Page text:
Digital accessibility – why is it so important?

  • Kuba Kopecki

  • Nov 08, 2023

  • 5 min read

  • Nov 08, 2023

  • 5 min read

Digital products should be for everyone, and we mean everyone. No exceptions.

What is digital accessibility?

Digital accessibility is a term used to describe the inclusive design and development of digital products that make them accessible to people with disabilities. This practice allows the creation of digital tools that people with visual, auditory, motor, cognitive, or neurological impairments can understand and navigate easily.

The World Wide Web Consortium (W3C) published the Web Content Accessibility Guidelines (WCAG) that instruct businesses on how to make their digital products (e.g., a website) accessible to everyone (we talked about them more in our article about what WCAG is). Digital accessibility, and therefore equal access to the digital world, is not only a legal requirement or an ethical responsibility, but it also makes for better business results.

Why does digital accessibility matter so much?

There are even up to 15%, so more than 1 billion, of Internet users that have some form of disability, and making the Internet an inclusive space for everyone should be considered an ethical and moral responsibility.

It is also a legal requirement in some countries, but more than that, digital accessibility allows for reaching a wider audience — and a bigger customer base leads to higher engagement, customer loyalty, and business growth. And the global population continues to age, increasing the number of people with age-related disabilities. This means that disabled people are a growing demographic worth addressing now rather than later.

Creating inclusive online solutions often ends in new designs and technological innovations that benefit not only disabled people but all users — they’re more user-centred and user-friendly, which means that everyone finds them easy and pleasant to use. User-centred products are better for all users as they come from more refined design decisions. Accessibility often challenges current designs and leads to new ideas. And innovative, accessible products that centre diversity and inclusion are better perceived by users and enhance the brand image, making it more positive.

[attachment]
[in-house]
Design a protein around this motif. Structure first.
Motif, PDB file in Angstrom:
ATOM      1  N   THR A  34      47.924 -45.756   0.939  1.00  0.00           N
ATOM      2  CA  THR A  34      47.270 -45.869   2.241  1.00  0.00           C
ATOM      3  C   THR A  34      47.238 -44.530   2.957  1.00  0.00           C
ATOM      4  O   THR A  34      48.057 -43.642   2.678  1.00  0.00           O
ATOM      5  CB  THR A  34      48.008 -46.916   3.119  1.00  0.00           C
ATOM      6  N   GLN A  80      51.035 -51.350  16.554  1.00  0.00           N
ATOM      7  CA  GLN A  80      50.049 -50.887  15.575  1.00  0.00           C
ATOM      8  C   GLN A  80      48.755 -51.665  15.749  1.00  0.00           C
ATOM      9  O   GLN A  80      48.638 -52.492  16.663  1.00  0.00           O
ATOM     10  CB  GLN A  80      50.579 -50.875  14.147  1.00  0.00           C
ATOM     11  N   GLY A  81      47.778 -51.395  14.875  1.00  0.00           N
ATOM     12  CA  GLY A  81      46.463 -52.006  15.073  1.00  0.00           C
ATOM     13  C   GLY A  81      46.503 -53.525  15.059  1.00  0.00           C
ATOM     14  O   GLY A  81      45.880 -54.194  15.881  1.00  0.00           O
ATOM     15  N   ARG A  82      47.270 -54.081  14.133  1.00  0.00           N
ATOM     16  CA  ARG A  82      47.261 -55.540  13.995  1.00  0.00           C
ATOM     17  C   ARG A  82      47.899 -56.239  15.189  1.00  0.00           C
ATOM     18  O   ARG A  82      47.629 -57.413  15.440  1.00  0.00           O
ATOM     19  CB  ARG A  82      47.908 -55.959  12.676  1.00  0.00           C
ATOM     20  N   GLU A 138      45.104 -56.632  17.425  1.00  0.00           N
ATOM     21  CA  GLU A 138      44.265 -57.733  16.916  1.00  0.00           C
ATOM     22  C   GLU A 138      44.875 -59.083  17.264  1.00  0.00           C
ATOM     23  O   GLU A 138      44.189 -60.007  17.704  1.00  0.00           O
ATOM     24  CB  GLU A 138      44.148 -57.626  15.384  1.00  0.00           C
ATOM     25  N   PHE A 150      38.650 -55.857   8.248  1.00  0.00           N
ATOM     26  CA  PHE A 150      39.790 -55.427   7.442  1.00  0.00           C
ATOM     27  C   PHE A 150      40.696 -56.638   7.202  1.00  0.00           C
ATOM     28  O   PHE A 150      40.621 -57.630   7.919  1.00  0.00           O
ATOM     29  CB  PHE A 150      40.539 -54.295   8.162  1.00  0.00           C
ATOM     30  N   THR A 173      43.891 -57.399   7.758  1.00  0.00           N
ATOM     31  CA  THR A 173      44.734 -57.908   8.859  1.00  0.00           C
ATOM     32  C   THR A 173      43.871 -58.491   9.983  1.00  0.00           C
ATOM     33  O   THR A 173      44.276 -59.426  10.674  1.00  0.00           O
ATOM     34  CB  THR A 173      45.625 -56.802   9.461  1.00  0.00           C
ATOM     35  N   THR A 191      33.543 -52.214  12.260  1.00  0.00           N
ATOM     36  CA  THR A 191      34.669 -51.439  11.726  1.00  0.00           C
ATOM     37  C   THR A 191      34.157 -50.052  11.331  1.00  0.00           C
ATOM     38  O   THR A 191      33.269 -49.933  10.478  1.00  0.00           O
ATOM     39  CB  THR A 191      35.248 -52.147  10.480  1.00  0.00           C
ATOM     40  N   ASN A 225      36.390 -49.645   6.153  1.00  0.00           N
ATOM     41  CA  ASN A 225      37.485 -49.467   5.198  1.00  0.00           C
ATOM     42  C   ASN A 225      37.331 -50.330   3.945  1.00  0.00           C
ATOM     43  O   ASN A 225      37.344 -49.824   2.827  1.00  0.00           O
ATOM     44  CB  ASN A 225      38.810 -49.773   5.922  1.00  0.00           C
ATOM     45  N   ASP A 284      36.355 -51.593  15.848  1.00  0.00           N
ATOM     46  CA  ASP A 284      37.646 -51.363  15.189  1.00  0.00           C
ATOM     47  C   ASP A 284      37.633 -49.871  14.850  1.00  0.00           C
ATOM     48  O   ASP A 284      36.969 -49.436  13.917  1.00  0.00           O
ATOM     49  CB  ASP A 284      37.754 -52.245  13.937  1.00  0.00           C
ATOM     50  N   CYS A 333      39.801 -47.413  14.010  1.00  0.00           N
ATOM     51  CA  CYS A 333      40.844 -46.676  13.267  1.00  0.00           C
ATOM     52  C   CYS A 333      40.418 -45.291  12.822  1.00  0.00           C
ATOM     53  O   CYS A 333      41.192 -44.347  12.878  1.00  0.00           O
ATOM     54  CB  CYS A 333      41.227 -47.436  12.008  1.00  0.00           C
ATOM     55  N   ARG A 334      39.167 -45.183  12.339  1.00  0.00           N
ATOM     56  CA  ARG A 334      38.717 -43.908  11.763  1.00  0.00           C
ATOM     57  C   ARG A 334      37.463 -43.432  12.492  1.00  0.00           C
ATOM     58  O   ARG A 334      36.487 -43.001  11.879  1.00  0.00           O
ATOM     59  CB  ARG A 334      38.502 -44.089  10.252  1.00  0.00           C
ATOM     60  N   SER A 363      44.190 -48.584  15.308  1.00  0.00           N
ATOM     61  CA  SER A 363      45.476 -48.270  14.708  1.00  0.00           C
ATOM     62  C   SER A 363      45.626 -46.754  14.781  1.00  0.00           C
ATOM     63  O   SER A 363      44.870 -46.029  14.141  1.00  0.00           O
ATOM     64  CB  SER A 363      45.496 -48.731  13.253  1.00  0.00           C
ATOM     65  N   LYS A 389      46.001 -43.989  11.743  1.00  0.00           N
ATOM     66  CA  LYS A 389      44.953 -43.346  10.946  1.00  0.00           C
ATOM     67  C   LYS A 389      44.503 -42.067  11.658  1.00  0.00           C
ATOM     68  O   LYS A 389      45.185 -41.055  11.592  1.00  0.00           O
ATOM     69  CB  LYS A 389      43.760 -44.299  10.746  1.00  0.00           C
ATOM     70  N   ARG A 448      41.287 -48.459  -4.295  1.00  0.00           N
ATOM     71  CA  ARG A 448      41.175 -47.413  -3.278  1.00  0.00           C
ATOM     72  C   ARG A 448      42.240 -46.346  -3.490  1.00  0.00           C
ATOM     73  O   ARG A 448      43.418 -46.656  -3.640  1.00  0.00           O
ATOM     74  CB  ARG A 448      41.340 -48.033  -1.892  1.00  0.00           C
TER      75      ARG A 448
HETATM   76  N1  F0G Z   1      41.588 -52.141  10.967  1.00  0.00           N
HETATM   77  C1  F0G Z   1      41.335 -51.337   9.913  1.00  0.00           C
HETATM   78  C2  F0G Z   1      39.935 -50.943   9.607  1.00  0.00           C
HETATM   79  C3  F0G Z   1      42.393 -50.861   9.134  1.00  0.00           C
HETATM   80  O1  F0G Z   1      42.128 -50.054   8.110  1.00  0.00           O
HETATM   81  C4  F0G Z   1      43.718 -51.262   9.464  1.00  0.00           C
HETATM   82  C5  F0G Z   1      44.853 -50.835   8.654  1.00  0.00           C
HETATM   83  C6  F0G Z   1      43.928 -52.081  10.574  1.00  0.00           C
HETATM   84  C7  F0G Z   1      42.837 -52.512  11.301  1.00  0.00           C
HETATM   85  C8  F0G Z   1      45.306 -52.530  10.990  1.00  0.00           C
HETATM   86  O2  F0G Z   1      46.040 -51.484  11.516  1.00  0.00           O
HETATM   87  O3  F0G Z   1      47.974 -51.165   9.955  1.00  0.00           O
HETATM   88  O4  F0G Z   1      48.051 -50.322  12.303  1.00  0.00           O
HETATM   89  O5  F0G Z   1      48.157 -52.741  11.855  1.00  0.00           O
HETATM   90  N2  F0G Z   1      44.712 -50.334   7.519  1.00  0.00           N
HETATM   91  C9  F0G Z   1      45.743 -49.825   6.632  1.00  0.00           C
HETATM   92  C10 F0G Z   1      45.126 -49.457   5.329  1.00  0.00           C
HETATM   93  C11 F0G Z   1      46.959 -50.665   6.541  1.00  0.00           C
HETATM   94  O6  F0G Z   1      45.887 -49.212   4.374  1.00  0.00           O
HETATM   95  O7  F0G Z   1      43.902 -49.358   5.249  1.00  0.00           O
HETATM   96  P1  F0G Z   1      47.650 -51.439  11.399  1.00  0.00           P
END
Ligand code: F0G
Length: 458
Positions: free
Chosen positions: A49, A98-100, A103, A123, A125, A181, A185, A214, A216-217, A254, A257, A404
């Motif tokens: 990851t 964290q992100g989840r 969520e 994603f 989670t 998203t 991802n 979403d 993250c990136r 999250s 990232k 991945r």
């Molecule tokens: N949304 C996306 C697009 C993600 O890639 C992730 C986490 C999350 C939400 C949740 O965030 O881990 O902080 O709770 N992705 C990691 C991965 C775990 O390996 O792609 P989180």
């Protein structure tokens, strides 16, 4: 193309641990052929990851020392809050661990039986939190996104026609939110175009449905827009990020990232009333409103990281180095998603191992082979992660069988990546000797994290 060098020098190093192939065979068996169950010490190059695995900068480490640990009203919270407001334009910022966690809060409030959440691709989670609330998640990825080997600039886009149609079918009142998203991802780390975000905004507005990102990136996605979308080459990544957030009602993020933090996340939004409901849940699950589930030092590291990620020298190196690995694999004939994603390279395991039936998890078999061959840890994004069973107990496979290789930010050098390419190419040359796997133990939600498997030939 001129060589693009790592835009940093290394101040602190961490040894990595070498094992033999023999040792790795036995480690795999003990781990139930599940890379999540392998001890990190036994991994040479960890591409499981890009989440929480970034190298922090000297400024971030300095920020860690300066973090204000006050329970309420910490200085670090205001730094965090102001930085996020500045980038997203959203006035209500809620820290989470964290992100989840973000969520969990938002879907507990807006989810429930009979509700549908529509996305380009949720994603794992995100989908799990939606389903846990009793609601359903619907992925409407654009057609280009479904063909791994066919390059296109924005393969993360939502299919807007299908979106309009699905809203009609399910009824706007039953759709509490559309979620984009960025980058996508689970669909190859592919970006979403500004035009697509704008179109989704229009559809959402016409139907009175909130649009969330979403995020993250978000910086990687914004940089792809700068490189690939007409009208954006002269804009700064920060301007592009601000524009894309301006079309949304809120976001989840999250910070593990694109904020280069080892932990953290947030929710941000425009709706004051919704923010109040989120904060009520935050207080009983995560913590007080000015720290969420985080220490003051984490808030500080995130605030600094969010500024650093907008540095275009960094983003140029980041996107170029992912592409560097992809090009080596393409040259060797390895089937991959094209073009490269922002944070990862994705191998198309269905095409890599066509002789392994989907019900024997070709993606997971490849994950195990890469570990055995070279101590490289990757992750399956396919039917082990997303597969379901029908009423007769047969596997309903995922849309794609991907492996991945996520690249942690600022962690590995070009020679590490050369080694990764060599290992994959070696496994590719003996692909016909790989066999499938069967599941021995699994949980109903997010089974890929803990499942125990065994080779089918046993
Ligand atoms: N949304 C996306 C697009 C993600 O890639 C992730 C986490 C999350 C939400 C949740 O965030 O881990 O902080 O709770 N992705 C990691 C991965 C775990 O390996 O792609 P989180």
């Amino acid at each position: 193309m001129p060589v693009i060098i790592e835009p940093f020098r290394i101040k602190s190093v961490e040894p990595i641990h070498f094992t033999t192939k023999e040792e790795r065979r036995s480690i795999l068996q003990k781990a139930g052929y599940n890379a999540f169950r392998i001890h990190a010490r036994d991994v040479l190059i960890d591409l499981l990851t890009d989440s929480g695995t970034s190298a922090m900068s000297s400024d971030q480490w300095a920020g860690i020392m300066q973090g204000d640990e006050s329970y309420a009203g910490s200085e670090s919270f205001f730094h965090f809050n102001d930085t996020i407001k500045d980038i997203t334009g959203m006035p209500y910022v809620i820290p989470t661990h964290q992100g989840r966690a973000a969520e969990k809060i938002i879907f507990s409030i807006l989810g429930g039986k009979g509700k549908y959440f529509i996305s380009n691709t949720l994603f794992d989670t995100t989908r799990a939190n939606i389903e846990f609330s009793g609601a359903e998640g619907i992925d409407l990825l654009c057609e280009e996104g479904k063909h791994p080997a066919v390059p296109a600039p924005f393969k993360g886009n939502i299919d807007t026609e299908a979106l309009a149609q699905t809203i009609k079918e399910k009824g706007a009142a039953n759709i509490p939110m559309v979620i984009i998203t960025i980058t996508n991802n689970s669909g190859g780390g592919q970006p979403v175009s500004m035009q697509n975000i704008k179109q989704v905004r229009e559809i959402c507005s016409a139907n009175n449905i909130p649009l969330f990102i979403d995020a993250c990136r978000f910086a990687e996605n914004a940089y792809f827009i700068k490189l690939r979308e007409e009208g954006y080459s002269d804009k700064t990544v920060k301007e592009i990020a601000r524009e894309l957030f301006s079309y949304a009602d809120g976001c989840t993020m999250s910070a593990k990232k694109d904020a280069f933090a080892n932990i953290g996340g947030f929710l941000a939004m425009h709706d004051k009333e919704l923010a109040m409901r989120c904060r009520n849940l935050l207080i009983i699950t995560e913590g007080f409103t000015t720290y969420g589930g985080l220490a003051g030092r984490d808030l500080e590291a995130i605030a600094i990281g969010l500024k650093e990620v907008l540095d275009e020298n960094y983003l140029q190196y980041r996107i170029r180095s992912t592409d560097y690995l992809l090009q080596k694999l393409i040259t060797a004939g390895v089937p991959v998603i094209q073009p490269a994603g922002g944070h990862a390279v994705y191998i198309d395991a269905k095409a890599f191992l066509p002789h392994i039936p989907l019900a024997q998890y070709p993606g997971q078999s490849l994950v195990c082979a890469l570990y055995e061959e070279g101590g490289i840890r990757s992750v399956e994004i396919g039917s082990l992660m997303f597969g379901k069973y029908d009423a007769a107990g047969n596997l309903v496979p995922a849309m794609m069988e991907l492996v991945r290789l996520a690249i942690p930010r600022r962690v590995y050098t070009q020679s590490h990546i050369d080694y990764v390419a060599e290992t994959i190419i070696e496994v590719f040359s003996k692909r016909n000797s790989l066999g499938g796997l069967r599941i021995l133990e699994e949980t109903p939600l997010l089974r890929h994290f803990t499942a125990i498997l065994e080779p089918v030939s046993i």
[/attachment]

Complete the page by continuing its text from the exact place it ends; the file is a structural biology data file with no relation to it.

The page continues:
Different types of disability

Medical and social model of disability

When talking about different types of disability, it’s important to note that there are two models of looking at a disability: medical and social. The medical model of disability assumes that the problem lies within a person and that there should be a medical treatment that helps better their situation or cure them. The social model of disability, however, says that the problem lies within our society rather than a person. It states that society is simply not adapted to everyone and that it’s within our power to make it better for every person. The social model of disability gives people with disabilities more control as it focuses on removing the obstacles that stop them from being independent in their lives. Digital accessibility follows the social model of disability by helping everyone take advantage of the digital world.

Visual impairments

There are different types and severity of visual impairment, e.g. blind people, colourblind people, and those with defective vision.

To make a website accessible for people with visual impairments, it needs to be designed with a screen reader in mind, including alternative texts for images and semantic HTML structure. It should also allow for keyboard navigation, as some people may use a keyboard instead of a mouse to navigate a website. It’s also crucial to use responsible layouts that don’t rely only on colour and other visual cues to convey information and provide the option to change the contrast, font size, and the possibility to use the site with zoom – even up to 500%.

Mobility impairments

To accommodate a person with a mobility impairment, the website should allow a user to navigate it with a keyboard instead of a mouse and offer clear focus indicators so that they can understand where they are on a page and which element is selected.

Hearing impairments

Although, in general, both video and audio content are not considered accessible if you have it on your website, it’s important to include captions or transcripts for all videos and audio on a website for people who are deaf or have other hearing impairments.

Cognitive impairments

Consistency and simplicity are the keys to a well-designed digital product (we talked about it in our article on design). Any digital product benefits from clear language and consistent layout, but it also makes it more accessible for those with cognitive impairments.

Speech impairments

Speech recognition is inaccessible for people with speech impairments, so there should always be an alternative input method or device, mainly keyboards.

Permanent, temporary, and situational disability